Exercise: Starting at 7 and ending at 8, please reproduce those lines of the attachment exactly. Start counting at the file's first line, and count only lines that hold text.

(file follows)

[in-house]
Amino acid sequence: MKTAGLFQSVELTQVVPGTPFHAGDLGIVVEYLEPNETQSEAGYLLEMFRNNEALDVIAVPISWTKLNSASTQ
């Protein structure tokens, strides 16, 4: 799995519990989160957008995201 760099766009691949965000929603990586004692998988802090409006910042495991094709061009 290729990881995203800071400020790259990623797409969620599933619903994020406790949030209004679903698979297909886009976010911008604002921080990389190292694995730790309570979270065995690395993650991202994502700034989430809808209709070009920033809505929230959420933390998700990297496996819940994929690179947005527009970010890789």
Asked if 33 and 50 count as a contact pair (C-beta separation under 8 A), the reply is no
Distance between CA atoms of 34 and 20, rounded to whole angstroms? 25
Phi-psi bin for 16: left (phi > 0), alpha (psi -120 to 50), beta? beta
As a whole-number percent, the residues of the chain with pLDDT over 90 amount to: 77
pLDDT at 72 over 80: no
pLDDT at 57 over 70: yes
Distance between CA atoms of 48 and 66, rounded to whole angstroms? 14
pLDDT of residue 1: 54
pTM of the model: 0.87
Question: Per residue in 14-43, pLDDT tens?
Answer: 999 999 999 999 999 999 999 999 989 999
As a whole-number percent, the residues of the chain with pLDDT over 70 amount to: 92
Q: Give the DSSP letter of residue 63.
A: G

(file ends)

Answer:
As a whole-number percent, the residues of the chain with pLDDT over 90 amount to: 77
pLDDT at 72 over 80: no